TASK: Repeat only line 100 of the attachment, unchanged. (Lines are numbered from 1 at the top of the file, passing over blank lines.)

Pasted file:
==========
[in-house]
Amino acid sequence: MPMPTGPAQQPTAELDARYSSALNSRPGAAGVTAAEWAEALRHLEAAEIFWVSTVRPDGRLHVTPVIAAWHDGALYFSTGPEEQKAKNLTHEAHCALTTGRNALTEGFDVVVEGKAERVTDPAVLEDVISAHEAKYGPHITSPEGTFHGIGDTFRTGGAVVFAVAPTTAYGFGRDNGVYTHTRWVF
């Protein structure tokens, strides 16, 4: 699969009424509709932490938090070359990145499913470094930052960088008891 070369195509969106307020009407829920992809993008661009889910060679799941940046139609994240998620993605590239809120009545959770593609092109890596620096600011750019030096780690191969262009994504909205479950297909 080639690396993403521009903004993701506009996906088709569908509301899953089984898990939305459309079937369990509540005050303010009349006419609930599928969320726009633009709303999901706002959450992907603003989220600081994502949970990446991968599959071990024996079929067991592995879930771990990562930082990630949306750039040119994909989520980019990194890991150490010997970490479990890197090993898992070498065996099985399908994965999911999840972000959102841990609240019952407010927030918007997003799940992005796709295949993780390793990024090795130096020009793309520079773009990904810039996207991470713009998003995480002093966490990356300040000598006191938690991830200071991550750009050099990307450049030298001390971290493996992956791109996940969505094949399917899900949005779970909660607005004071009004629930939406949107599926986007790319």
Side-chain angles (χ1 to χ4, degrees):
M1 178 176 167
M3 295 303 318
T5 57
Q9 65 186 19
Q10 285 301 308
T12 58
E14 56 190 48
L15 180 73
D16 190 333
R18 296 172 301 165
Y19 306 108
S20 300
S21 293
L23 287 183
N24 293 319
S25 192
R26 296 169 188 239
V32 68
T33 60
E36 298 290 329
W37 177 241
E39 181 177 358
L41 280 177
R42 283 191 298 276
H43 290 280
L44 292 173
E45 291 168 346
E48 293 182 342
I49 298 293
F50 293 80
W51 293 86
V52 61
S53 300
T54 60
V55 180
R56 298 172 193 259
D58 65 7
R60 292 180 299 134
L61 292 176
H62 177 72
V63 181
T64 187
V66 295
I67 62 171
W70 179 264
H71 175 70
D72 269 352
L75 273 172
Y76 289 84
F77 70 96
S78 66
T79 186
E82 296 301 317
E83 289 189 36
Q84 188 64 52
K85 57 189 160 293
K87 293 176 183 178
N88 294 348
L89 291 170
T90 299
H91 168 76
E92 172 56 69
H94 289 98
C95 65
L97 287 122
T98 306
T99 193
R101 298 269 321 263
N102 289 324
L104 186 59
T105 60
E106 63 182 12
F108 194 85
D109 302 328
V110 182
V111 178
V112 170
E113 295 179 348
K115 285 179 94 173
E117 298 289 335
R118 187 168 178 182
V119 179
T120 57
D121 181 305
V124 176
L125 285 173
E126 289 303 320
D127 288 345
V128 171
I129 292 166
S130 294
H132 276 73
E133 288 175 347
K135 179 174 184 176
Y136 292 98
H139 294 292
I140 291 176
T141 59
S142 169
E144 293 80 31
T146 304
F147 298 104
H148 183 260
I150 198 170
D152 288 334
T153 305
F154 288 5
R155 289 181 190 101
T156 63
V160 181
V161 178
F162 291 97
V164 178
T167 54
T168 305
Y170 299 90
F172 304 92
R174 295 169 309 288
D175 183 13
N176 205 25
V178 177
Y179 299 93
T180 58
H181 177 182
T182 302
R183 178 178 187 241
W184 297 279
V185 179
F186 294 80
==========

H139 294 292